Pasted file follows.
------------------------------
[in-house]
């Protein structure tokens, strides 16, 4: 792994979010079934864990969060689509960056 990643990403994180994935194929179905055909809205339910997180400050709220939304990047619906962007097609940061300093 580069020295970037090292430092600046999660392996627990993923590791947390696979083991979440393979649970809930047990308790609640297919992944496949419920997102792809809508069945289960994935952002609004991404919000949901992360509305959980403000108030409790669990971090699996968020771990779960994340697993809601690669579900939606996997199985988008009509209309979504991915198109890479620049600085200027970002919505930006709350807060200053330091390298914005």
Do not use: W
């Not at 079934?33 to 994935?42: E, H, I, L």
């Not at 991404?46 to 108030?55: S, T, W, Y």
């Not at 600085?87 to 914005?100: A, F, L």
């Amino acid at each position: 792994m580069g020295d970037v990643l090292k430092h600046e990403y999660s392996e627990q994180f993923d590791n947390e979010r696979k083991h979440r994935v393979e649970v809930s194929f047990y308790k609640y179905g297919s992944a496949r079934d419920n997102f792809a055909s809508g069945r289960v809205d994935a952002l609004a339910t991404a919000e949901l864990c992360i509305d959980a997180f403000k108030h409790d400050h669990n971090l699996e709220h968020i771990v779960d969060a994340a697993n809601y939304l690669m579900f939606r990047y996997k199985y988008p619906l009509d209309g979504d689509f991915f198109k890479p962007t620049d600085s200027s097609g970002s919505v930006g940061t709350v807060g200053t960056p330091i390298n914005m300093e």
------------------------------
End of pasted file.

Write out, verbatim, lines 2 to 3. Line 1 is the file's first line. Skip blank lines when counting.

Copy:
């Protein structure tokens, strides 16, 4: 792994979010079934864990969060689509960056 990643990403994180994935194929179905055909809205339910997180400050709220939304990047619906962007097609940061300093 580069020295970037090292430092600046999660392996627990993923590791947390696979083991979440393979649970809930047990308790609640297919992944496949419920997102792809809508069945289960994935952002609004991404919000949901992360509305959980403000108030409790669990971090699996968020771990779960994340697993809601690669579900939606996997199985988008009509209309979504991915198109890479620049600085200027970002919505930006709350807060200053330091390298914005």
Do not use: W